Why we need to worry about climate change

July 23, 2009 12:00 am

, NAIROBI, Kenya Jul 23 – Environmental degradation has a direct impact on the climate. The weather generation mechanisms remain basically the same but as the various weather elements interact with the environment, the manifestation of weather conditions change.

In Kenya, our highlands have suffered heavy environmental degradation through deforestation as the population looks for better agricultural lands, timber, wood fuel and other means of livelihoods in the forests. This automatically changes the environment to which weather elements come in contact.

For example, where weather elements come in contact with the cool temperatures in the water towers, it is now slightly warmer albeit by less than a degree. This changes weather there and other activities that depend on weather conditions are affected.

The life cycles of many wild plants and animals are closely linked to the passing of the seasons; climatic changes can lead to interdependent pairs of species (e.g a wild flower and its pollinating insect) losing synchronization.

An increase in any of the dependent factors could lead to extinctions or changes in the distribution and abundance of species.

Change in ecological systems will also lead to disappearance of some wild animal species which we largely depend on for our tourism.

The world’s climate appears now to be changing at unprecedented rate. In theory, a change in climate would be expected to cause changes in the geographical range and seasonal patterns. Kenya has not been spared.

The adverse impacts of Climate Change are already having their toll in the livelihoods of people in almost all sectors of the economy in the region. Frequent and severe droughts are being felt with their associated consequences on food production and water scarcity among others.

The Intergovernmental Panel on Climate Change Fourth Assessment Report (IPCC AR4) predicts that temperature will keep on rising if the current trend of green house gases (GHG) emissions, particularly by the developed countries, is not reduced.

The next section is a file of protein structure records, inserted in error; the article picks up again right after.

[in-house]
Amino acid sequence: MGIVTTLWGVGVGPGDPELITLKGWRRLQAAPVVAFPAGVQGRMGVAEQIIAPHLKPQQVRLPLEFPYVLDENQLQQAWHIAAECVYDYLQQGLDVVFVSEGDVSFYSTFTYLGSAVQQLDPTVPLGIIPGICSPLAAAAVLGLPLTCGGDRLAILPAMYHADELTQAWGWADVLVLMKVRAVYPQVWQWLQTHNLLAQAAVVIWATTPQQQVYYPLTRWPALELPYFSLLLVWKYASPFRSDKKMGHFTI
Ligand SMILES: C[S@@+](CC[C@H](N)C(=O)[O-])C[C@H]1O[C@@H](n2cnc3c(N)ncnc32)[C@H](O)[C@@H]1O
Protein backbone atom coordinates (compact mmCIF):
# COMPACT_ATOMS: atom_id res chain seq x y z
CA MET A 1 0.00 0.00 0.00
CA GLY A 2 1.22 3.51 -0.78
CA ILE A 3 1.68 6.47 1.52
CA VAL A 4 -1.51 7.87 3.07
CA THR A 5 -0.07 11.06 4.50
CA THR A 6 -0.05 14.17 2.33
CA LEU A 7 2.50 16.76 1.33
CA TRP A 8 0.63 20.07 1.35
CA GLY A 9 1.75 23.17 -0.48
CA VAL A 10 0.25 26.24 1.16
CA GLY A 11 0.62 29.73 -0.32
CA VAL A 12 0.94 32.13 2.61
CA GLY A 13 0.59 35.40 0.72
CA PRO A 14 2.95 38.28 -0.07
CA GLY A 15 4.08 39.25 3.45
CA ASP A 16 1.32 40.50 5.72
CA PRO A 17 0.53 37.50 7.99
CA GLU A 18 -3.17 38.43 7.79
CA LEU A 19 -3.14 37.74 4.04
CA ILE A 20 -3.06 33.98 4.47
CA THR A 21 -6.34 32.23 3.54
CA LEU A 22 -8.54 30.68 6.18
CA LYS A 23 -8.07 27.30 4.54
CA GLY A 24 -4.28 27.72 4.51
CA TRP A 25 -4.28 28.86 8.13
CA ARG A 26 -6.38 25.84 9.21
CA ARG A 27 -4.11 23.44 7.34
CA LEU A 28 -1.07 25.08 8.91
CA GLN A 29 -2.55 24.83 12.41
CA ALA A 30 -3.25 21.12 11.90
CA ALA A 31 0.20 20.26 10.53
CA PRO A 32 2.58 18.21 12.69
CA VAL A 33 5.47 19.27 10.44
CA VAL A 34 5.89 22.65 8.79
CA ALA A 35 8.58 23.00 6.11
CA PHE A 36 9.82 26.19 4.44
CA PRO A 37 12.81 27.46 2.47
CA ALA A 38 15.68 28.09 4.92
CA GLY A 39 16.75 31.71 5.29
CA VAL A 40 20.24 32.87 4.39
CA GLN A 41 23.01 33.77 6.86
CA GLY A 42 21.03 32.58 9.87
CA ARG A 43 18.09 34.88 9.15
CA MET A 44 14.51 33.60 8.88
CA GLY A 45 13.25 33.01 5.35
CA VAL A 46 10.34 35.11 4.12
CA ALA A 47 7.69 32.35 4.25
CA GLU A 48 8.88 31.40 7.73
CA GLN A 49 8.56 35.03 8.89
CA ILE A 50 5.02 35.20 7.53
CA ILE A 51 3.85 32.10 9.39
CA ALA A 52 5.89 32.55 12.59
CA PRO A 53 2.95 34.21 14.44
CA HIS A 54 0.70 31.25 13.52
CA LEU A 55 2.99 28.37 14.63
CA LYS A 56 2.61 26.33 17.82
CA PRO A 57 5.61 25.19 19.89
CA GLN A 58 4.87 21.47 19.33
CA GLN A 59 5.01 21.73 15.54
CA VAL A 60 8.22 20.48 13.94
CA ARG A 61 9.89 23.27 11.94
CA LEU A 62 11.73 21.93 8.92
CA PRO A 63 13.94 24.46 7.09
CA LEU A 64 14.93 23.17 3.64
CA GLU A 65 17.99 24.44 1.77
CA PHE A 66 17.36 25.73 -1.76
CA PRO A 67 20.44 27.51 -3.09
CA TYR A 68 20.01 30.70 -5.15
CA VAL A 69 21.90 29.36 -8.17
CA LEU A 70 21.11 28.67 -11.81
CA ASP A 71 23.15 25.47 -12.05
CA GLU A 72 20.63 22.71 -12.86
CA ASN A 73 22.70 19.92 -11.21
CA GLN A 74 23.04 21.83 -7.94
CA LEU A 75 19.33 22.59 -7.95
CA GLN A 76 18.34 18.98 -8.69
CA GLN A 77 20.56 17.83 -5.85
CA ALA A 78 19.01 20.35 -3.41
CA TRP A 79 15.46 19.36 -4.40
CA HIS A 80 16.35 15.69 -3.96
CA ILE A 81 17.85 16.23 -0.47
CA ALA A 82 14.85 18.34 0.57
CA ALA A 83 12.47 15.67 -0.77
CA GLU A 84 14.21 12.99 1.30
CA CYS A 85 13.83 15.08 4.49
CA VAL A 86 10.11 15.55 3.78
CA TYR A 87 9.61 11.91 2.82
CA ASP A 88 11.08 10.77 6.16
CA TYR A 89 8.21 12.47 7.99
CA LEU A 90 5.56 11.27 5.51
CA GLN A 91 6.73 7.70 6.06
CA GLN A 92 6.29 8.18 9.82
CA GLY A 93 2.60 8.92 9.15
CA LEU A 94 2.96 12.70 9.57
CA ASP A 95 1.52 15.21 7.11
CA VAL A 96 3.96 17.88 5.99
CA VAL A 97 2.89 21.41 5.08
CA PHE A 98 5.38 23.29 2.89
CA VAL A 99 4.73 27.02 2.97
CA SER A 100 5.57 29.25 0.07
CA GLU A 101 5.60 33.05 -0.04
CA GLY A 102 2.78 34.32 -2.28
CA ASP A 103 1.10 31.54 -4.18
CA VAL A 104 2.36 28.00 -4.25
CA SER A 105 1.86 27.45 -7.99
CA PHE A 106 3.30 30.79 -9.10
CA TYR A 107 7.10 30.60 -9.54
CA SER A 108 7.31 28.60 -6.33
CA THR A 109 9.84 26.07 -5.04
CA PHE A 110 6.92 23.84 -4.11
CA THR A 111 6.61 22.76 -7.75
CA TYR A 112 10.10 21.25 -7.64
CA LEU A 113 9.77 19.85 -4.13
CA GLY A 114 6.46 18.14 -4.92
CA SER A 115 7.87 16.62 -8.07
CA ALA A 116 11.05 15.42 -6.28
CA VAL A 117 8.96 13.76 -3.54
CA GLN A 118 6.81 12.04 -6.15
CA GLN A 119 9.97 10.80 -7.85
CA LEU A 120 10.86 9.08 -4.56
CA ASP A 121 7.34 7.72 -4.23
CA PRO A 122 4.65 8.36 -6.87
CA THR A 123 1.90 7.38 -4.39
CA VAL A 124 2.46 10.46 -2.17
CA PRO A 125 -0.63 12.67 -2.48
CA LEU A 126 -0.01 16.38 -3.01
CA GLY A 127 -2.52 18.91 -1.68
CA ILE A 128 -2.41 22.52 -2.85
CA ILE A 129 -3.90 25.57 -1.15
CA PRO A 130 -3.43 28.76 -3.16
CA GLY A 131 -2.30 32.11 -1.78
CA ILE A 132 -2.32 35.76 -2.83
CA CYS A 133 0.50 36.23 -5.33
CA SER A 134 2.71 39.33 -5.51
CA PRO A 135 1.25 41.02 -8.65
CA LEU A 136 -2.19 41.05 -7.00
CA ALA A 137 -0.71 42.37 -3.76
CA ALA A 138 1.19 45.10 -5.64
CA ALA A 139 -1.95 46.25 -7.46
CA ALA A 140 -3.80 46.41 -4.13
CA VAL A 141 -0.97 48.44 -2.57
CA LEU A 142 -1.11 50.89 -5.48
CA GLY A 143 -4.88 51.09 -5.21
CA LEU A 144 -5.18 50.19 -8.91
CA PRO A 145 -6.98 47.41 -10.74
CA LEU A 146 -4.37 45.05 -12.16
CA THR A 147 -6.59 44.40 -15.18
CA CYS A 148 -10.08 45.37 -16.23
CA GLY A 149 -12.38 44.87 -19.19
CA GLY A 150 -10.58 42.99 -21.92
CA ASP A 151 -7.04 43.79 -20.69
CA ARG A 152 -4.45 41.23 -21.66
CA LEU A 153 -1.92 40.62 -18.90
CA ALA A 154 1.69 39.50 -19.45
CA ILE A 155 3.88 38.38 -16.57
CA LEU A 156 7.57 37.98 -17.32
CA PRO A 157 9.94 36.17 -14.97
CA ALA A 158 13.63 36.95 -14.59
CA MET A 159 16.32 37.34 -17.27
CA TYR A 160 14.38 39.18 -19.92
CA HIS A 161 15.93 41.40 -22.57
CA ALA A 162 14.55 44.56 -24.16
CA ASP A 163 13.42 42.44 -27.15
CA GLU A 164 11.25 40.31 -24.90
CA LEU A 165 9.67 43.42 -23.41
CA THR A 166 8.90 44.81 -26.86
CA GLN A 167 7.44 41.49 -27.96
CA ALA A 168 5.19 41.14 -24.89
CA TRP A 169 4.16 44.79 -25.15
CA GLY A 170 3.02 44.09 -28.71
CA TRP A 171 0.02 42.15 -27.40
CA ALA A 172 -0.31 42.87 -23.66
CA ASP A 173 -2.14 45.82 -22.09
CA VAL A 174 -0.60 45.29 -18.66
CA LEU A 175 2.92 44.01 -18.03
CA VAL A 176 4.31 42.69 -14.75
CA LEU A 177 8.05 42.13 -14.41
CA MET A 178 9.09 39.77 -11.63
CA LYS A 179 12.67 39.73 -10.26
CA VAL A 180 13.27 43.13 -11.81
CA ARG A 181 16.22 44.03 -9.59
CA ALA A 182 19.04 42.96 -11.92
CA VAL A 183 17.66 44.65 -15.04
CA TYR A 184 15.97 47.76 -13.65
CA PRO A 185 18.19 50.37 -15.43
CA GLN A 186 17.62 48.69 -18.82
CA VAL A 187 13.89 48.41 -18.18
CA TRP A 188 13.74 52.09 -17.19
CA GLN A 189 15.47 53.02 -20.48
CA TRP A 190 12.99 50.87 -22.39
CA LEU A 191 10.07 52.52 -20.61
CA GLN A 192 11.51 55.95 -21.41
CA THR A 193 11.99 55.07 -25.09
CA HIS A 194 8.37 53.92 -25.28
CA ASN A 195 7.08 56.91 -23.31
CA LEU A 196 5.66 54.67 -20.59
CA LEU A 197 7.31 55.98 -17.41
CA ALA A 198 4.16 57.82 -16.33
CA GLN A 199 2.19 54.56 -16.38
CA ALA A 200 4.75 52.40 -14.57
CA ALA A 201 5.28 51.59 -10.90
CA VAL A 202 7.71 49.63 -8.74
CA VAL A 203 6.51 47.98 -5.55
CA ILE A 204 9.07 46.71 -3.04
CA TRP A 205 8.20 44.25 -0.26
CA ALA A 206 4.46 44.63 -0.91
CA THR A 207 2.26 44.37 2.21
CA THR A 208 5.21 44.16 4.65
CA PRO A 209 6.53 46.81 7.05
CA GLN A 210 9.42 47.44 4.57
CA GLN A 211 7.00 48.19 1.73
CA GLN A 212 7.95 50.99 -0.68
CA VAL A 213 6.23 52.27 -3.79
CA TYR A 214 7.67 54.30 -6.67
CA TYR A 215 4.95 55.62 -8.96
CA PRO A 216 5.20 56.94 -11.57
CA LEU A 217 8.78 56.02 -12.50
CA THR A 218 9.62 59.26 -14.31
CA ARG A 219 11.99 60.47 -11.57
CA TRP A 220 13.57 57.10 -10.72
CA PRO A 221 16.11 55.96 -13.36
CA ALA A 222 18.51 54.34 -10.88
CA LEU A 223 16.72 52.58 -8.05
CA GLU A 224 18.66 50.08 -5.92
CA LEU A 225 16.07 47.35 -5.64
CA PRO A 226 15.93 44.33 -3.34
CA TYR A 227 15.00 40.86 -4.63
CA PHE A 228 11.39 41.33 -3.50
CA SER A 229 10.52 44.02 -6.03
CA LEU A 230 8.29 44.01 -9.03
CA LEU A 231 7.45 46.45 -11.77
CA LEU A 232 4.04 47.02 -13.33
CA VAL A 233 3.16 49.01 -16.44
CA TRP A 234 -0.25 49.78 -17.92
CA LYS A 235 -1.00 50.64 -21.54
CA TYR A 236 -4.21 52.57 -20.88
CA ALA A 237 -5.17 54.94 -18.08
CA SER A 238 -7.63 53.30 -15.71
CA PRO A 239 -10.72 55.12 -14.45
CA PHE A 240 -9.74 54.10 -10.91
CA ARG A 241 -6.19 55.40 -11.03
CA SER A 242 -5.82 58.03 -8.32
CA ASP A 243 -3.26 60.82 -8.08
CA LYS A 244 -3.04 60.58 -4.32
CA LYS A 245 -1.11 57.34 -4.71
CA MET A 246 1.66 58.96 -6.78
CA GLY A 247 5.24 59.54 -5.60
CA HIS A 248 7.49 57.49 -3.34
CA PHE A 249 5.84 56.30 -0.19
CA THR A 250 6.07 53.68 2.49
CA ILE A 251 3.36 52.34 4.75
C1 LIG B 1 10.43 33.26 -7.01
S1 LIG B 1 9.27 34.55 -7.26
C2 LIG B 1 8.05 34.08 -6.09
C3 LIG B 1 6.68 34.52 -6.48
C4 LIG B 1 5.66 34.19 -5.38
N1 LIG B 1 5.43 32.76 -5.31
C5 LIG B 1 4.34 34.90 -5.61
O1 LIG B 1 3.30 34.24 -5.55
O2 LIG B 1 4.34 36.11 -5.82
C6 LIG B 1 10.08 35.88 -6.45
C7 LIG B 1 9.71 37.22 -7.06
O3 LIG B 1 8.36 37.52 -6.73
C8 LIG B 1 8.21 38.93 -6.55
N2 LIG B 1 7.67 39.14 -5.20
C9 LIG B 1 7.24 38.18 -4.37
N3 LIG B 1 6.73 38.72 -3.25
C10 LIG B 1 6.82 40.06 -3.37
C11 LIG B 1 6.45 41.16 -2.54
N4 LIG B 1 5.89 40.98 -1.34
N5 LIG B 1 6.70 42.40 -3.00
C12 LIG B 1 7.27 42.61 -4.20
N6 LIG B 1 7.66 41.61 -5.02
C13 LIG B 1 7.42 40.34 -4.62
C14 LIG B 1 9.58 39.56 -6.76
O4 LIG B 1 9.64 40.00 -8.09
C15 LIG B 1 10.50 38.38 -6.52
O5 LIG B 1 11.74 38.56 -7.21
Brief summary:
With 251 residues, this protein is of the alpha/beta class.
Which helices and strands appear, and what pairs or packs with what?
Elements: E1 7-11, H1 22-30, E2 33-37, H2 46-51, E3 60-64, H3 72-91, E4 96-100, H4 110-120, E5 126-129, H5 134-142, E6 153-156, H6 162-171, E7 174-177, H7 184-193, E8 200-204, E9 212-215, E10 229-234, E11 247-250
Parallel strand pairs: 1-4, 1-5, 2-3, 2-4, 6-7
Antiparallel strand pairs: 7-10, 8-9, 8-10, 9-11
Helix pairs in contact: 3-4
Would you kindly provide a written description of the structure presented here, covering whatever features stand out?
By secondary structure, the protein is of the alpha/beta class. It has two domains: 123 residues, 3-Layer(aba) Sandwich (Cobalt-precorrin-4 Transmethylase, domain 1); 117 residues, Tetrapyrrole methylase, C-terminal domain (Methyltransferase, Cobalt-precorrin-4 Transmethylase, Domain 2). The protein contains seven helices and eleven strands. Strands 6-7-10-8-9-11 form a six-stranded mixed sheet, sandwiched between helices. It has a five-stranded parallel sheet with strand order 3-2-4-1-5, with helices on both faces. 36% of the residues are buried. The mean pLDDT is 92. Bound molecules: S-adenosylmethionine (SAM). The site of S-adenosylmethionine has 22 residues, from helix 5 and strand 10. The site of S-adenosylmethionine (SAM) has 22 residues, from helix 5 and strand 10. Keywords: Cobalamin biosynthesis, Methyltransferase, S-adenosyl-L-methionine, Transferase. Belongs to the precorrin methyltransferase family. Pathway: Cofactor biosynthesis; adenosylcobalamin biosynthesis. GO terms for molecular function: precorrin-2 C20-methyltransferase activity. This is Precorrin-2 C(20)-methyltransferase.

The continued increase of the average global temperature will further aggravate the situation leading to climate variability and increased vulnerability of the communities to the impacts of Climate Change and also affecting almost all the sectors of the economy, especially Agriculture, water, Energy, Health and forestry to mention a few.

In 2000 La Nina drought, Kenya was forced to reduce the level of operation in some of the Hydro Electric Power (HEP) stations as a result of low level of water flows into dams serving power stations.

This led to other options like gas-powered generators and thermal energy sources most of which are expensive. Power rationing for both domestic and industrial use affected its economic activities leading to inefficiency in service provision to the public.

Climate change has been responsible for increase in rainfall in some parts leading to floods and lack of rainfall in other parts of the region leading to droughts.

We need to start planting more trees to increase our forest cover which will contribute significantly to carbon sinks to reduce carbon dioxide in the atmosphere.

Mr Shaka is the Assistant Director, Public Weather and Media Services


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